By Steven O’Connell (Student, Project 4)

Steven O’Connell sampling at the Portland Harbor Superfund Site

In the past few years, our Center has been conducting research to learn more about oxygenated polycyclic aromatic hydrocarbons (OPAHs). OPAHs are one of the degradation products of parent PAHs. OPAHs are studied because they are present in the environment and pose an unknown hazard to human health.

Although OPAHs have been measured in several samples all over the world, most analyses contained only a handful of OPAHs or used methods that may be inaccurate.  To address some of the analytical challenges measuring OPAHs, I was involved in a multi-year study: An Analytical Investigation of 24 Oxygenated-PAHs (OPAHs) using Liquid and Gas Chromatography-Mass Spectrometry.

Why is there a focus now on OPAHs?

Focus on this class of compounds has really increased in the last few years, although it’s interesting to note that there were reports of some of these compounds in the 1970’s and earlier.  There are several reasons researchers want to study these compounds.  OPAHs seem to be found in similar concentrations to the highly studied parent PAHs in a variety of samples ranging from diesel exhaust to urban air.  Additionally, not a lot is known about the toxicity of these compounds, although early evidence suggests that they may be on par with PAHs.  That’s why the OPAH research of students Andrea Knecht and Britton Goodale in Dr. Robert Tanguay’s Lab (Project 3) has been so important.

Why measure OPAHs at the Portland Harbor Superfund Site?

It makes a lot of sense to try and measure OPAHs at Portland Harbor Superfund. PAHs have been responsible for remediation at some sites for years now, and are the precursors of OPAHs.  In some cases, remediation approaches employ ultra violet (UV) light to try and degrade PAHs and thereby cleanup that site.  However, it is possible that PAHs could degrade to OPAHs during the process.  If no one is monitoring the products of this UV treatment, the site could remain hazardous.  That’s why Norman Forsberg’s upcoming paper and Marc Elie’s work with ultra violet light in the Anderson laboratory (Project 4) is so interesting.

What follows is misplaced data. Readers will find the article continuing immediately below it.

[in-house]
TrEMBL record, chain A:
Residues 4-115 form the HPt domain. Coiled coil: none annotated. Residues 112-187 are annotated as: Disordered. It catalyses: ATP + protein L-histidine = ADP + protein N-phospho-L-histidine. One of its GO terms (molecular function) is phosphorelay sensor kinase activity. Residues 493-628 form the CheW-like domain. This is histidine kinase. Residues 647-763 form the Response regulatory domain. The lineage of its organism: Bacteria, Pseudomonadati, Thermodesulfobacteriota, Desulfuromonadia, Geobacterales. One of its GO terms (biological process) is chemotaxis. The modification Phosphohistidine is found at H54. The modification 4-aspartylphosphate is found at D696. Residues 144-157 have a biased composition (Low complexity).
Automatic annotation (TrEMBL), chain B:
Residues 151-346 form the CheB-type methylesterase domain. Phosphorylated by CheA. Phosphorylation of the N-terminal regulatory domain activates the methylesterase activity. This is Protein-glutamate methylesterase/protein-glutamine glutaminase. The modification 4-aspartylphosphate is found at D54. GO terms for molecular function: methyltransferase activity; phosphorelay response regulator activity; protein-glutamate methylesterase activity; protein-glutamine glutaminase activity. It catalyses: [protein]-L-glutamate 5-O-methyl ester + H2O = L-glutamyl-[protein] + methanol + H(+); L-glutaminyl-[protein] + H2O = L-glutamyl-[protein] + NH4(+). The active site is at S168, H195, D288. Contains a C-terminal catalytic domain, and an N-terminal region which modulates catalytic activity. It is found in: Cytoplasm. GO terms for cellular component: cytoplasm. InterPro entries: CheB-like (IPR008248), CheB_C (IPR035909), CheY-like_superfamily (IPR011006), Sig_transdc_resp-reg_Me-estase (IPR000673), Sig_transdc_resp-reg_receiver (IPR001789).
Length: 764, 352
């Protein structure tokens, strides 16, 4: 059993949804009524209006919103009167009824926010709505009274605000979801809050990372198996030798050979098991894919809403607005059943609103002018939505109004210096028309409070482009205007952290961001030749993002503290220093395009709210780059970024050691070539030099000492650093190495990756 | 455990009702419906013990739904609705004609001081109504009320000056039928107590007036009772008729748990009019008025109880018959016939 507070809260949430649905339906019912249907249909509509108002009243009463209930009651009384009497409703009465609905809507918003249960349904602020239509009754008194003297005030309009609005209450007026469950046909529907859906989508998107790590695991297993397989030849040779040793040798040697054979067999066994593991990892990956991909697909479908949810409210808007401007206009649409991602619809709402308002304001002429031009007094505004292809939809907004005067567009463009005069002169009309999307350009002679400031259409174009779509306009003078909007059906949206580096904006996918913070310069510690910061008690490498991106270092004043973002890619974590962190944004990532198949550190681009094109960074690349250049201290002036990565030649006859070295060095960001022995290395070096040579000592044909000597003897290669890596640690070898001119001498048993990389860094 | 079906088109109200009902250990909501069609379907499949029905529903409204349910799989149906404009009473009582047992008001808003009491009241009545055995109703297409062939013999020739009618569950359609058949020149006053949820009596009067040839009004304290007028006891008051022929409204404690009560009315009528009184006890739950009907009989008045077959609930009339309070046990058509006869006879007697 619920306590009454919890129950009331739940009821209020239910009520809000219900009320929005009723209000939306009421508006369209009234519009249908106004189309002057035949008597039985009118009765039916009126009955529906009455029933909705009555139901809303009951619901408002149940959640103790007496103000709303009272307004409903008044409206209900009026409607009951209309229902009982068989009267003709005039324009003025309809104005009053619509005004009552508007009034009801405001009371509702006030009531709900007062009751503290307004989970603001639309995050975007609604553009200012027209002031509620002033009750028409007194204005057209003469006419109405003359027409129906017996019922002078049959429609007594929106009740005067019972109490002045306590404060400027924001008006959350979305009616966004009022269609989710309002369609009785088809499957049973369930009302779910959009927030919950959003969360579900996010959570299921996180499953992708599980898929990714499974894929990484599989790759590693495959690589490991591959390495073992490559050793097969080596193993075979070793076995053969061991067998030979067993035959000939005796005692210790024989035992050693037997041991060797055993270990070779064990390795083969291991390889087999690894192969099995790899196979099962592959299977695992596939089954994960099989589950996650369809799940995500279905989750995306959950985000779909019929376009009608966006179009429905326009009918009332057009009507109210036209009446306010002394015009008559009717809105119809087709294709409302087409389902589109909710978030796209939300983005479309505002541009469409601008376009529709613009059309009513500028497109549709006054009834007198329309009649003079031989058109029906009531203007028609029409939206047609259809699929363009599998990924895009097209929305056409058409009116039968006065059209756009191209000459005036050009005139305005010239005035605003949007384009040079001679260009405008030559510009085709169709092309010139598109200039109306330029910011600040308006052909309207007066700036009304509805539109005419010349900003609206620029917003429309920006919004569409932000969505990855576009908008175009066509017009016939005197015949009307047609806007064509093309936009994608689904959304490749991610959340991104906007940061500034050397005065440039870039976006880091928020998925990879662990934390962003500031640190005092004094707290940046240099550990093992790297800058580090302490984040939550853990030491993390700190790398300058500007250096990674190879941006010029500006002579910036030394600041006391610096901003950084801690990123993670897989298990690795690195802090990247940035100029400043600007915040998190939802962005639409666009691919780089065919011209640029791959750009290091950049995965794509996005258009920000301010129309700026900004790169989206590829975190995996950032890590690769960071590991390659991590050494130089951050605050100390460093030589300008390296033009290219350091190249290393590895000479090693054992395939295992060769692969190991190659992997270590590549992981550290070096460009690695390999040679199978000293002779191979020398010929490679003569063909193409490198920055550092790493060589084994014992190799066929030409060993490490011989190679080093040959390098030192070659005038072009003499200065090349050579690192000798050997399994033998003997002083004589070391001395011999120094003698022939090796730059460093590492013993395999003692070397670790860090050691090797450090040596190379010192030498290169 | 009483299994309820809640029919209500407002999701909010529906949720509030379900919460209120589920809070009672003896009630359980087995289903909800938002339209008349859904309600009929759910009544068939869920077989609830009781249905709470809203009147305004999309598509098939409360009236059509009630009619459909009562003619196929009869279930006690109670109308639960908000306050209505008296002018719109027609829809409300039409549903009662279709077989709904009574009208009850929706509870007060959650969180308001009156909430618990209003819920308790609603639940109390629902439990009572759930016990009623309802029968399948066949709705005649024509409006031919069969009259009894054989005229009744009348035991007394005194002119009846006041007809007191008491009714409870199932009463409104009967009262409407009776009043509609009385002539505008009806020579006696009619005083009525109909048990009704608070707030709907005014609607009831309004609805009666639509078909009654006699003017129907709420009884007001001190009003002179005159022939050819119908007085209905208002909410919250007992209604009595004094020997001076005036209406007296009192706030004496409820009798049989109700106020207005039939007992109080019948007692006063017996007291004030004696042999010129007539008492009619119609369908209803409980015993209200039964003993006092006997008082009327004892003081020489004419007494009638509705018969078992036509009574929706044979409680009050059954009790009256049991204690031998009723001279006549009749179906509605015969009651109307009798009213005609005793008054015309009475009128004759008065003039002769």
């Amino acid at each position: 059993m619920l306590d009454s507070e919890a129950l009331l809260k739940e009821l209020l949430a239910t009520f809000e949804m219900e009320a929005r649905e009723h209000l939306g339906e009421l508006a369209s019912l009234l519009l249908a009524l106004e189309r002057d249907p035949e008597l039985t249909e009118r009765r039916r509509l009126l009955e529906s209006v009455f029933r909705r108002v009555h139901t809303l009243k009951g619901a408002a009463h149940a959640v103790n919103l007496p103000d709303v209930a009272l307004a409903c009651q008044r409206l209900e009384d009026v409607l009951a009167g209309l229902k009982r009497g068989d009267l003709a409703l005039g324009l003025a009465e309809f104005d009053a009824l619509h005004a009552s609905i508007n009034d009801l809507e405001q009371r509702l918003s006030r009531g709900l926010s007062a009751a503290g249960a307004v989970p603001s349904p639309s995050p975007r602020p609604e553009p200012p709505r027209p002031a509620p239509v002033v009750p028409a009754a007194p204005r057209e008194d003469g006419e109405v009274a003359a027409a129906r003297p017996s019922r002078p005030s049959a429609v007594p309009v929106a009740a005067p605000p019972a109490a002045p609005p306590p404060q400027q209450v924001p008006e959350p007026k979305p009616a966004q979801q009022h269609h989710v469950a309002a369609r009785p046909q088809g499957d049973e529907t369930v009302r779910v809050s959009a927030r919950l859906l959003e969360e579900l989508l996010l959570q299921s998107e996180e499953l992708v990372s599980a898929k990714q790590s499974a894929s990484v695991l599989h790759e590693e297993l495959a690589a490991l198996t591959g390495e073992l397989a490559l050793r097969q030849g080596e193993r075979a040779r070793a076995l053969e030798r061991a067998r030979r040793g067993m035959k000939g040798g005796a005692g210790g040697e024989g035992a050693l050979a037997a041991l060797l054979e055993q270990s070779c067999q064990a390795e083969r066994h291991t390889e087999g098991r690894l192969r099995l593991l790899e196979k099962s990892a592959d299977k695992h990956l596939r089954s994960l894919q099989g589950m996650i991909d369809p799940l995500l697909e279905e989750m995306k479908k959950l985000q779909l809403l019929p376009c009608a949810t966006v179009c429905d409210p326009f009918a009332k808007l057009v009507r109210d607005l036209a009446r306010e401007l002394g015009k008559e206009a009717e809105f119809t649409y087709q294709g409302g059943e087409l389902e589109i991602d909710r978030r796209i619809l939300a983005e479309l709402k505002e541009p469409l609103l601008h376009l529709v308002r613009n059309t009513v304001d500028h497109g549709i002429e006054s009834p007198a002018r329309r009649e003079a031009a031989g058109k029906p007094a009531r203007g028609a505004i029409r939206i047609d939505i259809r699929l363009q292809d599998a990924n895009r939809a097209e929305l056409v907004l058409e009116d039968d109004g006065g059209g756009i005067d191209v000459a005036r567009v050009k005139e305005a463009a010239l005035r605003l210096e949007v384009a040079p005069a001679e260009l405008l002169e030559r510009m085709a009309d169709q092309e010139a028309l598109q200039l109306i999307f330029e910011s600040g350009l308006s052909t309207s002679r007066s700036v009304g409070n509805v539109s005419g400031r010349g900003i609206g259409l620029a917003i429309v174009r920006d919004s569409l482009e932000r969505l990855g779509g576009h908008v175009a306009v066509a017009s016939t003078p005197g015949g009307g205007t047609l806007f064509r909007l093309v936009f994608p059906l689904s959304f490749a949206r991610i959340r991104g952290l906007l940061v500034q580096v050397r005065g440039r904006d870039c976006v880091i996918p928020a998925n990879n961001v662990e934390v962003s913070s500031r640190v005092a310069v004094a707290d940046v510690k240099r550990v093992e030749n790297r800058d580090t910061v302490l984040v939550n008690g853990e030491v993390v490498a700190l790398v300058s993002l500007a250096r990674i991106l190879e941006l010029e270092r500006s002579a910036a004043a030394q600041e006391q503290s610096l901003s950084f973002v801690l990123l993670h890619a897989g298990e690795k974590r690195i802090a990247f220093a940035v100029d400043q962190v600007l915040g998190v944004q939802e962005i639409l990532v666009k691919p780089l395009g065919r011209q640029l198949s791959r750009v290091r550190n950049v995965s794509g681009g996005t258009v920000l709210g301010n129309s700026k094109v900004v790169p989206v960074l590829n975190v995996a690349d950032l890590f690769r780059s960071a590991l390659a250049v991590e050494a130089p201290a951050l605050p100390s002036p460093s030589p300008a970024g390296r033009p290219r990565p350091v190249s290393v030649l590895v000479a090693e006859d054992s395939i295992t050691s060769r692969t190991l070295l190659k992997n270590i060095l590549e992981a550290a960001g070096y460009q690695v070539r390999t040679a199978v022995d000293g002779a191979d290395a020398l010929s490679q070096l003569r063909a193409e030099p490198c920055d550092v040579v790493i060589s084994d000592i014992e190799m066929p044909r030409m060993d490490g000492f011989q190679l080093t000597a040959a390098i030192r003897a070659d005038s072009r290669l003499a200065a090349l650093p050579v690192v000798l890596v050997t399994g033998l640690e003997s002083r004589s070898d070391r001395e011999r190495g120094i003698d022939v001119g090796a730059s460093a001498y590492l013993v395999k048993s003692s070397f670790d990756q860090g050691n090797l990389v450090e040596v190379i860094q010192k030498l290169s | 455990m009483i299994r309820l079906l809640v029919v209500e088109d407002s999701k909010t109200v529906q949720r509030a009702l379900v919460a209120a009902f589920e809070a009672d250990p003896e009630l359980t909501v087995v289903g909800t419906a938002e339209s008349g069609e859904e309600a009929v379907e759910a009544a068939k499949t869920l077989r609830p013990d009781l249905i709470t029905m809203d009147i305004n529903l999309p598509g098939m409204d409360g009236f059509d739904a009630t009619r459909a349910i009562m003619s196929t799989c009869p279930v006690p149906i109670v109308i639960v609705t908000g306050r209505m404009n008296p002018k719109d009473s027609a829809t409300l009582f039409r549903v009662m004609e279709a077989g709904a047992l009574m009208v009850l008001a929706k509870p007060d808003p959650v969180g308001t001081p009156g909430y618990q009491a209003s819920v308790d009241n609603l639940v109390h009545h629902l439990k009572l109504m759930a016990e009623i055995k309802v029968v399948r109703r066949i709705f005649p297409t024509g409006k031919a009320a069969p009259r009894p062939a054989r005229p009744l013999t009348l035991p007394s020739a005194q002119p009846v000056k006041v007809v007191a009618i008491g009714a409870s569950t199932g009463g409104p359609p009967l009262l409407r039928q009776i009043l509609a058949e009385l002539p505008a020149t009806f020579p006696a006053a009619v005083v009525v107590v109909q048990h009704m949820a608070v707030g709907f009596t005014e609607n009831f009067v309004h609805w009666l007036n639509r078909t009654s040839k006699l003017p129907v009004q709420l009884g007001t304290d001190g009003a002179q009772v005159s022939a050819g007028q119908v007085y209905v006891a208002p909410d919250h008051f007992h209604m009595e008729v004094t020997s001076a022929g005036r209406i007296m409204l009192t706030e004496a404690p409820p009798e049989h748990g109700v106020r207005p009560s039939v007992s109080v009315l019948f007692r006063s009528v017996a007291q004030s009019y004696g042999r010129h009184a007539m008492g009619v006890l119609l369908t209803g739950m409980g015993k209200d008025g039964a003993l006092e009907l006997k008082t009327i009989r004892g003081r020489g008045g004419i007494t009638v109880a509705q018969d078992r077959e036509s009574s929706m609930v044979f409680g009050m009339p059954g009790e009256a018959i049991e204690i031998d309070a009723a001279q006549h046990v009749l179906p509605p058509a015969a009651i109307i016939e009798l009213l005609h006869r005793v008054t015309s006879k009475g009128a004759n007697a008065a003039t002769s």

What still needs to be understood?  

The formation and concentration of these compounds in the environment at contaminated sites are poorly understood. It is important to continue three areas of research that have been going on at OSU.

  1. Detection: If the compounds are not present, then there’s less to worry about.

    Good times with lab mates when Steven O’Connell (right) first started working in the Anderson lab.
  2. Toxicity:  Addresses concerns over compounds that are detected in environmental samples.
  3. Processes by which OPAHs are made or degraded.

With that knowledge, it will become easier to understand potential risks with this compound class.

Why is this paper important in advancing the science?

My paper is very analytical.  If you watch the television series Bones, I would be most like Hodgins, except there would be less talk of “particulates” and more talk of cleaning instrumentation.  But seriously, by providing two methods on very different instrumentation to measure over 20 OPAHs, I provided a helpful platform for other scientists to use and build upon to measure this compound class in a variety of applications.



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